Vacuum tubes – still going strong at Industriesalon Schöneweide
Visiting the vast display storeroom at Industriesalon Schöneweide is like entering a sculpture park: You are overwhelmed by the magnitude and strangeness of the objects. The display storeroom (‘Schaudepot’) with a mass of impressive exhibits tells the eventful and multilayered story of electrical engineering at Berlin-Treptow, of the first power plant producing alternating current here, of a cable plant and a transformer station – all of this in three various historical periods in German history. After the “Wende”, when Samsung shut down the place in 2009 and the collection of industrial artifacts from the 1980s was doomed for dumping, some courageous people succeeded in saving this incomparable industrial heritage and founded the Industriesalon Schöneweide as an industrial museum. The transfixed visitor from today’s transistor-based digital world may dwell and rummage at large here and, while doing so, discover the once so powerful kingdom of vacuum valves!
The (nearly) lost kingdom of vacuum tubes
Mostly, the vacuum tube has become obsolete in nowadays technology. Even if tubes are still used at microwave radio frequencies and special hi-fi audio systems sometimes, they have been replaced by an ultra-efficient transistor technology, without any evidence of a tube comeback – except for real audioheads who insist that tubes deliver better audio quality than transistors. So, during the last two decades vacuum tubes have become a cherished part of man’s industrial heritage. When looking at the schematic diagram of a vacuum valve, it’ll perhaps remind you of an illustration showing the interior of an Egyptian pyramid, complete with nicely coloured explanatory hieroglyphs, and in that way it reveals something of the complex process of developing and producing electron tubes on this industrial site.
Eavesdropping onto industrial history at Schöneweide
Of course, everyone knows his lessons on batteries, tubes, transistors and the like, hours which proceeded sluggishly from current to voltage, from anode to cathode, from positive to negative and vice versa, out of the black box and back into. You had to accept the given facts and there was no point in mulling things over – that was meant for the chosen few who would get a job in some future electrochemical laboratory.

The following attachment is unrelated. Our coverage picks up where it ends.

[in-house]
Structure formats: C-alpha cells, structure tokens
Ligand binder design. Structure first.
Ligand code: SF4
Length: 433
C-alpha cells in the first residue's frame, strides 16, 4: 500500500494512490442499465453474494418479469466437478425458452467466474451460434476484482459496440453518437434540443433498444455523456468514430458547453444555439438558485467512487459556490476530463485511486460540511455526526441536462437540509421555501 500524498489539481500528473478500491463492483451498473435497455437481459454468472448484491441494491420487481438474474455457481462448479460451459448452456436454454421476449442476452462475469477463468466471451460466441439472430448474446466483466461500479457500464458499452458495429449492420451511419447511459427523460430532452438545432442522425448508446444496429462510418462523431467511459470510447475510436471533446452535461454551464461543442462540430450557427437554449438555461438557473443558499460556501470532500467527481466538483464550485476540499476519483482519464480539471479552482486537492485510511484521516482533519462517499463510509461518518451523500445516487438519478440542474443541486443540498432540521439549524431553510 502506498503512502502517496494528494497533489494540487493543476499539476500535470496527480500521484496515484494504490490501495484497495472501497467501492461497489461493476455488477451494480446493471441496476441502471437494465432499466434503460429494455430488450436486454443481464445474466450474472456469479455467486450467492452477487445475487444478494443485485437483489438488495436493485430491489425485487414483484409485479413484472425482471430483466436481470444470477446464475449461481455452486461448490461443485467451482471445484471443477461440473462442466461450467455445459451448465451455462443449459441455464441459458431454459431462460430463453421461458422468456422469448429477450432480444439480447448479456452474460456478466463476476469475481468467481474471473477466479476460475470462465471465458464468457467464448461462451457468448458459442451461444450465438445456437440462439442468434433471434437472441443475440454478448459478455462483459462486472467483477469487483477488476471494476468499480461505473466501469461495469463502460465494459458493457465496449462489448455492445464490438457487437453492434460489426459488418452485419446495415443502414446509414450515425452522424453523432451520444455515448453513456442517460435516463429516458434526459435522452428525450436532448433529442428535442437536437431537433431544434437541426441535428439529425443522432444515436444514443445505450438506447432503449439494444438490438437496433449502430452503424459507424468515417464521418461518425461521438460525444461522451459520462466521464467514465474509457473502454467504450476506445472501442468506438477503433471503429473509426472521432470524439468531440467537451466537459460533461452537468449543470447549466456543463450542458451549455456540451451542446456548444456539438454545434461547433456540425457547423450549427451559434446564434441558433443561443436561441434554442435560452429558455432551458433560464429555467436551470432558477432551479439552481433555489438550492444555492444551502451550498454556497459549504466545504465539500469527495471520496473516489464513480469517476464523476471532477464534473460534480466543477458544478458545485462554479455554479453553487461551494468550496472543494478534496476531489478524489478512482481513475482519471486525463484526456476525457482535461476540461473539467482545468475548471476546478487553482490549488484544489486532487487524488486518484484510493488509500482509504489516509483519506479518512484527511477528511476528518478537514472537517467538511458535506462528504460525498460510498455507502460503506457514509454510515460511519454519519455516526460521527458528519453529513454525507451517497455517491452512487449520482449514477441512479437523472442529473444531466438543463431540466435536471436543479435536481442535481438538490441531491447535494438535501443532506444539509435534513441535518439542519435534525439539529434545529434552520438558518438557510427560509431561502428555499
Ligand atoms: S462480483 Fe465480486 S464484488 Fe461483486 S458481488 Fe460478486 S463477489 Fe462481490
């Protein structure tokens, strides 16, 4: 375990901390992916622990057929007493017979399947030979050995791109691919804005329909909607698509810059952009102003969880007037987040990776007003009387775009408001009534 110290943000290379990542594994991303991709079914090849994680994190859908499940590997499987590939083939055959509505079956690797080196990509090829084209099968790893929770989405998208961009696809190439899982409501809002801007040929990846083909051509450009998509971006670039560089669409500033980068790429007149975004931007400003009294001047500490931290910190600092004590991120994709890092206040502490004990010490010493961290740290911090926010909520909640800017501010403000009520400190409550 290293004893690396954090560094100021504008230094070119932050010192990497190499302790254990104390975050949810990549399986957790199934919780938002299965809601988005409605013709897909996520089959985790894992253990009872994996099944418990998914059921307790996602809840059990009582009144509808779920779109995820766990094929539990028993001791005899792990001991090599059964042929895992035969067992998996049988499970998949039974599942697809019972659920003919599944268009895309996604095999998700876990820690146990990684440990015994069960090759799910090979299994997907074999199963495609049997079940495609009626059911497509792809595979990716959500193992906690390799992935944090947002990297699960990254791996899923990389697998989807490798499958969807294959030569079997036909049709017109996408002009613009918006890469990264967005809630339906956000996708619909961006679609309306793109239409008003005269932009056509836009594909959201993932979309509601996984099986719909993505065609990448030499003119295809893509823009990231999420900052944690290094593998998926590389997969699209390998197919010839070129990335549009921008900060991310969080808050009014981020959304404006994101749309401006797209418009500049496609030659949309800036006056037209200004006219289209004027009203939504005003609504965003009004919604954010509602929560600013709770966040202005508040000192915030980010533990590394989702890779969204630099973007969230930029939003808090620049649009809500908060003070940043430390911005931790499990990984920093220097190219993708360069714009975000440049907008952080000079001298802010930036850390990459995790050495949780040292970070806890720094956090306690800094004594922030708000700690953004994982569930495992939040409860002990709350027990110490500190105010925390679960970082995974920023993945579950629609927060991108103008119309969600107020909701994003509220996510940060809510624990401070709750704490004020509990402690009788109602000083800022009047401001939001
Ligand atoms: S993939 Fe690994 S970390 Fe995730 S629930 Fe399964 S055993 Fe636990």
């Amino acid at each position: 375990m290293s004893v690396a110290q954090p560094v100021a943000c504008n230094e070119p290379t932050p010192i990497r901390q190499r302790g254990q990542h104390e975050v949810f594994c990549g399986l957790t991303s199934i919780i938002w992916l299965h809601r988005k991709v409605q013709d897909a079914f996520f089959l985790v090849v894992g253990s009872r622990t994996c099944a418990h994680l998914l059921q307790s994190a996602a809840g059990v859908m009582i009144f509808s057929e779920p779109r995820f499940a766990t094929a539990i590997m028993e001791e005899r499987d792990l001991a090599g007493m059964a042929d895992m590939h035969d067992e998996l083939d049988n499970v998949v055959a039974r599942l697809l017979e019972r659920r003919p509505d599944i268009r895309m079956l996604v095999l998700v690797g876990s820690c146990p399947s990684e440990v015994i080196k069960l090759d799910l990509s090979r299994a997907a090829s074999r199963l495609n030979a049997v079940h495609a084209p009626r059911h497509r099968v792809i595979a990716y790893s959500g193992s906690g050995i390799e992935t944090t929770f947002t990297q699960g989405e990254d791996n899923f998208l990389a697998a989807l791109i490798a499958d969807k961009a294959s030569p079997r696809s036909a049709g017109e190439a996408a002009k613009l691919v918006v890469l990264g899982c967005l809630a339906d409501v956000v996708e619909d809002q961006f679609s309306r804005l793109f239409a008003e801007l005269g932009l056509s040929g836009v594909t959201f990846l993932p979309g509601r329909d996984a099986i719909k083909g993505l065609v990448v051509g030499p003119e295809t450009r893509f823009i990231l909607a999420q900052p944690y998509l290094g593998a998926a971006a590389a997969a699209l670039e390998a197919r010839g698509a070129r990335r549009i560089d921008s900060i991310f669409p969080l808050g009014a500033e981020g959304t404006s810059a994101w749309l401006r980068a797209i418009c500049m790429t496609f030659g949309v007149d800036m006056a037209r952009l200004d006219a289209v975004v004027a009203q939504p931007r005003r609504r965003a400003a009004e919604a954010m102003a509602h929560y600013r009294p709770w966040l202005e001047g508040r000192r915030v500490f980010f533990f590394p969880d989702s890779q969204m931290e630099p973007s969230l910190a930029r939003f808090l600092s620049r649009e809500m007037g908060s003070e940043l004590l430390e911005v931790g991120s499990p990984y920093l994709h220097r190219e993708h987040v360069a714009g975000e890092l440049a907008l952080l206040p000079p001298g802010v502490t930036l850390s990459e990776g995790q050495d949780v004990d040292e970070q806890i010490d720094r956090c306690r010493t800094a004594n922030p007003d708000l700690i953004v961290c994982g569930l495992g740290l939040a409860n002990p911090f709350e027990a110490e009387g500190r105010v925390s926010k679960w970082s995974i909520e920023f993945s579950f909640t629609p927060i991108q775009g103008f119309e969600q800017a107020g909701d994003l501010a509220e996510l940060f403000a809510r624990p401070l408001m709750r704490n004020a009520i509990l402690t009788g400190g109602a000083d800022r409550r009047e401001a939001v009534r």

Halting in front of a bulky eavesdropping machine, you learn that it had been developed and used in the days of the German Democratic Republic (GDR) for spying on the enemy territory of the Federal Republic of Germany – from the top of GDR mountain Brocken (1.141 m). You look at the weathered photocopy showing the espionage station on the highest peak of the Harz mountain ranges and, yes, some sparks of long forgotten lessons come to mind: A vacuum tube is a device used to amplify and rectify electronic signals. Sure, in those days they needed tubes to spy from mountain heights. Current passing through the filament, or cathode (-), heats it up so that it knocks off electrons which have a negative charge.Why, oh, why? These electrons are attracted to the plate, or anode(+). A grid of wires between the filament and the plate is negative, repels the electrons and thus controls the current to the plate. In this process it will be able to amplify the voltage given to it. Control and miraculous precision!
I take two steps back in the narrow corridor, which has led me to this amazing object, to take in the grandeur of the bulky spying machine. It speaks of a bold engineering spirit – ill-fitting to snoop on other people’s affairs but rather suitable to reach out across borders and exchange ideas on new technologies (like transistors, for example). A kind of “light bulb” moment makes me shake off the repelling spy v. spy stories, may they rest in silence. Instead, I can detect some of the former engineer’s mind in the exhibition and curiously turn to the rows of varied vacuum tubes: Here, the industrial, social and political heritage of a past era has become tangible and alive in a very human way!